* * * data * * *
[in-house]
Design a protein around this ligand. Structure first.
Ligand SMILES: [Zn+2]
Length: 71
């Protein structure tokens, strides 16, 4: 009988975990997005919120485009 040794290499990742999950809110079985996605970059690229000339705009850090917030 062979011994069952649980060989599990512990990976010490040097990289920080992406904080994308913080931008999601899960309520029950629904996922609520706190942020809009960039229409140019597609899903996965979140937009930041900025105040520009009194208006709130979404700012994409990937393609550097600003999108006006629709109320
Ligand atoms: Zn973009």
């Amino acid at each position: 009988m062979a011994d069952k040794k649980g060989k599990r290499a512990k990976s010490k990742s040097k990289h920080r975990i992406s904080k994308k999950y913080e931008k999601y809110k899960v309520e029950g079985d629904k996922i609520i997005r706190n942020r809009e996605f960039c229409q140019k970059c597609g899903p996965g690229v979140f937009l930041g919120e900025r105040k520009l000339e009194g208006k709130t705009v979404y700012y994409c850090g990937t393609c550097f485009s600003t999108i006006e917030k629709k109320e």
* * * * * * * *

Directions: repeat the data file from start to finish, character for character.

[in-house]
Design a protein around this ligand. Structure first.
Ligand SMILES: [Zn+2]
Length: 71
């Protein structure tokens, strides 16, 4: 009988975990997005919120485009 040794290499990742999950809110079985996605970059690229000339705009850090917030 062979011994069952649980060989599990512990990976010490040097990289920080992406904080994308913080931008999601899960309520029950629904996922609520706190942020809009960039229409140019597609899903996965979140937009930041900025105040520009009194208006709130979404700012994409990937393609550097600003999108006006629709109320
Ligand atoms: Zn973009």
């Amino acid at each position: 009988m062979a011994d069952k040794k649980g060989k599990r290499a512990k990976s010490k990742s040097k990289h920080r975990i992406s904080k994308k999950y913080e931008k999601y809110k899960v309520e029950g079985d629904k996922i609520i997005r706190n942020r809009e996605f960039c229409q140019k970059c597609g899903p996965g690229v979140f937009l930041g919120e900025r105040k520009l000339e009194g208006k709130t705009v979404y700012y994409c850090g990937t393609c550097f485009s600003t999108i006006e917030k629709k109320e």